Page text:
Current sustainability risks are considerably different from environmental bottom line, is turning out to be much more
old risks. For this reason, more holistic and enterprise- complicated than some early business enthusiasts
wide approach needs to managing corporate sustain- imagined. Increasingly, we think in terms of a “triple
ability risks. Also, new approaches should be set on triple bottom line”, focusing on economic prosperity, environ-
bottom line concept since this concept includes and mental quality, and—the element which business has
assess corporate performance in both social, financial tended to overlook—social justice’(McKenzie, 2004). For
and environmental sides (see figure below). Reflecting organizations, a sustainability framework or model of
the diversity of public reporting to emerge in Europe social, environmental, and economic performance
during the late 1990s, John Elkington (1997) coined the creates a powerful opportunity to create enduring value
phrase the triple-bottom-line to capture the notion that for multiple stakeholders (Figure 5) (Epstein, 2009).
organisations should report not only on their financial The Enterprise Sustainability Risk Management Frame-
performance, but also on their social and environmental work is designed to provide guidance to managers on
performance (Milne, Tregidga and Walton, 2003). The how to establish a holistic and systematic sustainability
expression ‘triple bottom line’ was developed by environ- risk management process that generates the risk indica-
mentalist and economist John Elkington in 1997 and has tors, risk sources, objectives, and reporting systems
fast become an international commonplace to describe a needed to ensure effective handling of sustainability risks
mode of corporate reporting that encompasses environ- and improved overall organizational performance and
mental and social as well as economic concerns. The value. ESRM implementations and related process
term is now also used widely in discussions of sustainabi- actions have potential to create additional value for cor-
168 Afr. J. Bus. Manage.

porates. ESRM framework includes all corporate risks of - Identify sustainability risks and opportunities
the social, economic and environmental aspects in doing - Promote innovation and operational efficiency
business. ESRM is a management approach whereby a - Develop a company-specific sustainability risk
company considers the interests of all stakeholders both management model, policy, and guideline.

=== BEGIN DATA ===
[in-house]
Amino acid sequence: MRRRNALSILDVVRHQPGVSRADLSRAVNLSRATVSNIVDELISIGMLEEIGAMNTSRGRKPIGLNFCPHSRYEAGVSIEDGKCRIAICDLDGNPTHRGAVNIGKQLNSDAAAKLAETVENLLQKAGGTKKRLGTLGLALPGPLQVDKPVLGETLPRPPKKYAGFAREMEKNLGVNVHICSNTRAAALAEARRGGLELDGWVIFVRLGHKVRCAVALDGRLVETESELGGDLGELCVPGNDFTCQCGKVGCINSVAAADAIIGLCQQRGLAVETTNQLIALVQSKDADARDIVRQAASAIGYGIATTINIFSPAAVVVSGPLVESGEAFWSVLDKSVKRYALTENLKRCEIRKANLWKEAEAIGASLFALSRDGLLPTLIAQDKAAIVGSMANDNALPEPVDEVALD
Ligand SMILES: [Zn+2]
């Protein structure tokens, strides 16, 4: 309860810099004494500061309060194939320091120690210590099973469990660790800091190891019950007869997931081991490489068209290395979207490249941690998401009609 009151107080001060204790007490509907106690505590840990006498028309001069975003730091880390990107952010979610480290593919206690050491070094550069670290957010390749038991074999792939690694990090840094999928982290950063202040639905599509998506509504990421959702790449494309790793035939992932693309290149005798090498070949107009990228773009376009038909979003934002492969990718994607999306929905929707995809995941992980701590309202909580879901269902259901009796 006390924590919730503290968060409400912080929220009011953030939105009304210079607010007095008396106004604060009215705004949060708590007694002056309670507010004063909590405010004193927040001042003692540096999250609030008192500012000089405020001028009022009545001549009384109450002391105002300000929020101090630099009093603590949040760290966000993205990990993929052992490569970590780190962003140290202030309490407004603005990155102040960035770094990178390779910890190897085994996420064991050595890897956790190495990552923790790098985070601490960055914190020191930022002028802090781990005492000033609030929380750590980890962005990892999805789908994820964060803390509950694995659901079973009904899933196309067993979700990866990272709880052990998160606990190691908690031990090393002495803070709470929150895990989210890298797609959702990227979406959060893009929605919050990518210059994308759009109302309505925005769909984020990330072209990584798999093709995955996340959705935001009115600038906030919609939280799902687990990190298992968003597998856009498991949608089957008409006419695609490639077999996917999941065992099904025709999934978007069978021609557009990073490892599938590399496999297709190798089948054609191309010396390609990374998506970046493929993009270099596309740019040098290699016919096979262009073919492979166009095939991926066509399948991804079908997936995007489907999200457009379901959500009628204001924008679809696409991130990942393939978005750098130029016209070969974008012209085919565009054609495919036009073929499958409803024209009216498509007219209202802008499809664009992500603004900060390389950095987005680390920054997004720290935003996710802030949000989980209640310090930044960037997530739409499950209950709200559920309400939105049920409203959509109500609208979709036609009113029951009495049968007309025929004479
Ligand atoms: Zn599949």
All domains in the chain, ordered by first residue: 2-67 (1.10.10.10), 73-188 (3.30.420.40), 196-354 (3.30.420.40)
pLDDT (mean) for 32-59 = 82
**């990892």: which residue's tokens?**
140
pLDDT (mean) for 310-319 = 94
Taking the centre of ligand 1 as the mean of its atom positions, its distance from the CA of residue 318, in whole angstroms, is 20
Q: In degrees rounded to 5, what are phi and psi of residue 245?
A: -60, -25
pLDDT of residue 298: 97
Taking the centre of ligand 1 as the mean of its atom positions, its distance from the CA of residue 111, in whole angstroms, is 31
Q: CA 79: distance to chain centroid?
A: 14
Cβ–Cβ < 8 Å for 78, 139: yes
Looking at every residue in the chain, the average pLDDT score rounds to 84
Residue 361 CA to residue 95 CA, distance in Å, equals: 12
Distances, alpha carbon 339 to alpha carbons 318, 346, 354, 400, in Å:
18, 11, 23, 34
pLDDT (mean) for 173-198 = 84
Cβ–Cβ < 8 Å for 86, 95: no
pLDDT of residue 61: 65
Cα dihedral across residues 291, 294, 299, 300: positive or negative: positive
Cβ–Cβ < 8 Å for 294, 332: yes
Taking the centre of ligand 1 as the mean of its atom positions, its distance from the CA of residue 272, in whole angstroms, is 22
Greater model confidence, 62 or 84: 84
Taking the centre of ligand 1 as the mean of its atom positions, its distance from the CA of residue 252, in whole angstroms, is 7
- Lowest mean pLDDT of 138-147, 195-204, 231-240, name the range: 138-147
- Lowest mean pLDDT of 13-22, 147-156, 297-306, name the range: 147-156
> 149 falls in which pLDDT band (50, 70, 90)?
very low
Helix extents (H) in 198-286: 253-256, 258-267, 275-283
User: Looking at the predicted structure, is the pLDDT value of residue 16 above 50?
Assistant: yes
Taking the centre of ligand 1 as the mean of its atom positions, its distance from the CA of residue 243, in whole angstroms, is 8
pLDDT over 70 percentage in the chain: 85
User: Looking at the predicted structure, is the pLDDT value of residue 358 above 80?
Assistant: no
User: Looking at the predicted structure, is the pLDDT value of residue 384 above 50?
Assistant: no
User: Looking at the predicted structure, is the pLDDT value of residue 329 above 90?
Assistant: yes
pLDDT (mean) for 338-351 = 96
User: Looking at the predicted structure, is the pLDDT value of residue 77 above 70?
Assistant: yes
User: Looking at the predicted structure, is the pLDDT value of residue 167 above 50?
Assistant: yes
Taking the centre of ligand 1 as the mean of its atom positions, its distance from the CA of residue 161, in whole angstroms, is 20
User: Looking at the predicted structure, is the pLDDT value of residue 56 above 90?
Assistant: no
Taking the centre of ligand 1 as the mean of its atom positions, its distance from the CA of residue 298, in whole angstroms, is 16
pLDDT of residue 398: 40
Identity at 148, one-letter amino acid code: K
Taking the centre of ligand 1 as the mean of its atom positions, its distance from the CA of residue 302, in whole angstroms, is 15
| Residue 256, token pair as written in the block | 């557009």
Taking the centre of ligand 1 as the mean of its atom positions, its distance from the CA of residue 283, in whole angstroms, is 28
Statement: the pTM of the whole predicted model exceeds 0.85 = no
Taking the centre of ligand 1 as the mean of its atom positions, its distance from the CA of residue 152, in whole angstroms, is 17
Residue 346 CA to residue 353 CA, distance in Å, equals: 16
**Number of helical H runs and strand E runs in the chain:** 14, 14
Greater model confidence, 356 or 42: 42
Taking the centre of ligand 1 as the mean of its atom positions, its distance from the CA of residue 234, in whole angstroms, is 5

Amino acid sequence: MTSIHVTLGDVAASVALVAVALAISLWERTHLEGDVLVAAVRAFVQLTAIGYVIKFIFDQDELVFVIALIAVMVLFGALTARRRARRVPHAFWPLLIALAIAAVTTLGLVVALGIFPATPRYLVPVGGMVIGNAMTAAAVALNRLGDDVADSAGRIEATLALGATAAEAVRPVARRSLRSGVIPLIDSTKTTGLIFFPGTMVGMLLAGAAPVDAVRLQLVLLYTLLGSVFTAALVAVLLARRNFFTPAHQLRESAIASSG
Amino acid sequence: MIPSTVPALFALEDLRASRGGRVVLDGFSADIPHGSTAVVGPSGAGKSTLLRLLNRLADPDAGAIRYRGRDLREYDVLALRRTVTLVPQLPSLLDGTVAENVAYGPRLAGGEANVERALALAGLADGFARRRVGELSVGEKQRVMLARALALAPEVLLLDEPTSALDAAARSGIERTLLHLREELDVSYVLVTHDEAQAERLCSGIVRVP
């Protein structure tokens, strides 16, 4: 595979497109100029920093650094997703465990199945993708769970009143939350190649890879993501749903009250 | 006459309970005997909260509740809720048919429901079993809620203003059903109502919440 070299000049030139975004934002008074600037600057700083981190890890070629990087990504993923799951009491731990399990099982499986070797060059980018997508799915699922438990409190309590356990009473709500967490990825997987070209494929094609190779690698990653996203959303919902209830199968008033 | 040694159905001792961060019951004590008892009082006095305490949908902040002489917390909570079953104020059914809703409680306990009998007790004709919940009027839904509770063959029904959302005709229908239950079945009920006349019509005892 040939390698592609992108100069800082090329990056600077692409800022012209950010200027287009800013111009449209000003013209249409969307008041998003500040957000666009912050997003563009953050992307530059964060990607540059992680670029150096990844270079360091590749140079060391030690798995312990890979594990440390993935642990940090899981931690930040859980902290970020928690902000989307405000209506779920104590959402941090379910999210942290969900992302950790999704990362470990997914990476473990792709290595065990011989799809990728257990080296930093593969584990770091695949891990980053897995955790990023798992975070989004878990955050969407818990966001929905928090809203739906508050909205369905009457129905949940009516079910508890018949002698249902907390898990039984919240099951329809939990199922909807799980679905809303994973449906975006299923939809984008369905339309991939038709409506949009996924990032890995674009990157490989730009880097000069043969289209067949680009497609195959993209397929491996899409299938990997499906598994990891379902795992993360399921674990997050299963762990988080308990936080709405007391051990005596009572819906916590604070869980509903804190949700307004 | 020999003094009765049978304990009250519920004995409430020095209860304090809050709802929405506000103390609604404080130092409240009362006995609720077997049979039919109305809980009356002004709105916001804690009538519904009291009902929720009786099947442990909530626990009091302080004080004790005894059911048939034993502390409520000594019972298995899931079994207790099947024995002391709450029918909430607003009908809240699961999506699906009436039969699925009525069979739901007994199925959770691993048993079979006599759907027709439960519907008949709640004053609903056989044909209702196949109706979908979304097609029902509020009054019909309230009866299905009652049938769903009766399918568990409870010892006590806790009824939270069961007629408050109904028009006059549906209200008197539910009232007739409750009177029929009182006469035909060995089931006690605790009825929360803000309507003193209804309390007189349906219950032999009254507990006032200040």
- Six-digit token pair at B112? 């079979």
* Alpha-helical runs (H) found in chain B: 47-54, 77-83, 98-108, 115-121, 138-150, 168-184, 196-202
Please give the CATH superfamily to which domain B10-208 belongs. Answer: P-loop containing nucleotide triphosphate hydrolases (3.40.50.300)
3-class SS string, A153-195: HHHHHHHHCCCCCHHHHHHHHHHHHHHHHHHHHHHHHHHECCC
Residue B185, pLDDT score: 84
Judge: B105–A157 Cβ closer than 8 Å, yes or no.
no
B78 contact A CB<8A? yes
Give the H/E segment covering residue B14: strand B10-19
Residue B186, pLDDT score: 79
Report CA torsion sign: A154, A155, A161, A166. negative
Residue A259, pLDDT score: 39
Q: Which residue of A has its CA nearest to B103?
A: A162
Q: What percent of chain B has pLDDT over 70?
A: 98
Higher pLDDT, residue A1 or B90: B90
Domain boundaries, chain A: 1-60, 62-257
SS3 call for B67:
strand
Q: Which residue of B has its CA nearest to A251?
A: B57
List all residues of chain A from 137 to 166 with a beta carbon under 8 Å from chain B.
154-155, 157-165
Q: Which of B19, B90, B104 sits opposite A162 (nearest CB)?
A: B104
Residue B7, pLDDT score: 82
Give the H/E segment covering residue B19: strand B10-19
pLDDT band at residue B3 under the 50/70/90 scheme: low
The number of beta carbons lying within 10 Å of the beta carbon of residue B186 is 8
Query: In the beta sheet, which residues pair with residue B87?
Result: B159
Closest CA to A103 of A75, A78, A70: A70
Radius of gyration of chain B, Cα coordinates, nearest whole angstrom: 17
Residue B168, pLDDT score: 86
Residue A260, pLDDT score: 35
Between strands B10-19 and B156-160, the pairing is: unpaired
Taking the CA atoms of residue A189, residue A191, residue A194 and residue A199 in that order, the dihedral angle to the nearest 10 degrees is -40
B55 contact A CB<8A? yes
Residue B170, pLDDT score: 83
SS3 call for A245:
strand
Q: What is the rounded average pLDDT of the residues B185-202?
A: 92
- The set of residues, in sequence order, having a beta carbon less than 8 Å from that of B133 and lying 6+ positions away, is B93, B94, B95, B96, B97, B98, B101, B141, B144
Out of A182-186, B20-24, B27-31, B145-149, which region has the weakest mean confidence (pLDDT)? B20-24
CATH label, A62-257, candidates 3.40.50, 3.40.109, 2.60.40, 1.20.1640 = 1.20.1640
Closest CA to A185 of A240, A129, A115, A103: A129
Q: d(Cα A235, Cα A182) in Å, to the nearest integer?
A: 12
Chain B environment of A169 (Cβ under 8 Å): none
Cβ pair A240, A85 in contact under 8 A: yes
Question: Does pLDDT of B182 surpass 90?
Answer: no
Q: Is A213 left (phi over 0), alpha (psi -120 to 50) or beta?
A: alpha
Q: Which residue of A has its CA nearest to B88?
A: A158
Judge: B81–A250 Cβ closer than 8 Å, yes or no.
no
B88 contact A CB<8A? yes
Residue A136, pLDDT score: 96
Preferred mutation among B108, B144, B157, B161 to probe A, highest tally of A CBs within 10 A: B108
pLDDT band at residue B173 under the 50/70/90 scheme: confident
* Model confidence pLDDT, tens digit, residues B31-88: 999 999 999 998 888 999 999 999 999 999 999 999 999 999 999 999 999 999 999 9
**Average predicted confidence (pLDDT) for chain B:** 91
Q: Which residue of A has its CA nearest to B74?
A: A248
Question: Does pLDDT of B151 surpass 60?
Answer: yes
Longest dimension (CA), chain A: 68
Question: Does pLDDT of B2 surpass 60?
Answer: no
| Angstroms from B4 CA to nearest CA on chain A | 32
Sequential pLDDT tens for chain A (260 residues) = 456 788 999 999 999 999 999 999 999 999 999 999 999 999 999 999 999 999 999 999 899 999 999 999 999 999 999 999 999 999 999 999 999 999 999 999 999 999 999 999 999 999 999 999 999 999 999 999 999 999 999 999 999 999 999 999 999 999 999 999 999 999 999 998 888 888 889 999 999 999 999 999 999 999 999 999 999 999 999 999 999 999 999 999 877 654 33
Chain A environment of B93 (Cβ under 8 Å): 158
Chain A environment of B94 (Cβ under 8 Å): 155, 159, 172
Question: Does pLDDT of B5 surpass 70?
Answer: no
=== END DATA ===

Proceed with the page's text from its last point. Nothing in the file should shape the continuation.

within the organisation and in society and applies those - Integrate sustainability considerations into the decision-
interests while developing its strategy and during making process and practices
execution. The Enterprise Sustainability Risk Manage- - Manage sustainability funds
ment framework is a logical model that offers a strategic - Proactively manage risk and achieve competitive
road map, which provides a contextual framework for advantages
businesses serious about taking on the challenges and - Increase value and innovative capacities
opportunities of sustainable development. The Enterprise - Move towards sustainable business practices
Sustainability Risk Management framework model aims - Promote corporate social investment, citizenship, and
to provide a systematic process for integrating sustaina- social responsibility
bility into all company functions, including strategic and - Increase financial, social and environmental
business planning, business development, corporate contributions
governance, project management, risk management, - Improve the corporate reputation
resources, human resource process, stakeholder
management, performance management, and corporate We listed here the expected Main Benefits of the ESRM
social responsibility. The Enterprise Sustainability Risk Model as follows:
Management process provides a framework for corporate
sustainability factors to be built into corporate systems, - Achievement of balanced and integrated economical,
functions, and operations. social and environmental performance.
We assume that Enterprise Sustainability Risk Manage- - Full integration of sustainability based topics into
ment (ESRM) is a kind of enterprise risk management business strategy, management and organization at all
which is not just for building and maintaining the capacity levels.
to understand the risk of new socio-environmental - Corporate value optimization.
businesses. In a world where new regulations and - Reasonable assurance to achievement of the corporate
expectations of the social responsibility of financial objectives in triple bottom line concept.
institutions are growing, ESRM assists in appropriately - Corporate resource optimization
assessing these risks within the institution’s overall credit - Corporate risk optimization
risk analysis and other financial decision-making (UNEP - Effective and proactive management of the
Finance Initiative, 2006). “Integrating sustainability” sustainability based risks.
means that environmental, social, and broader economic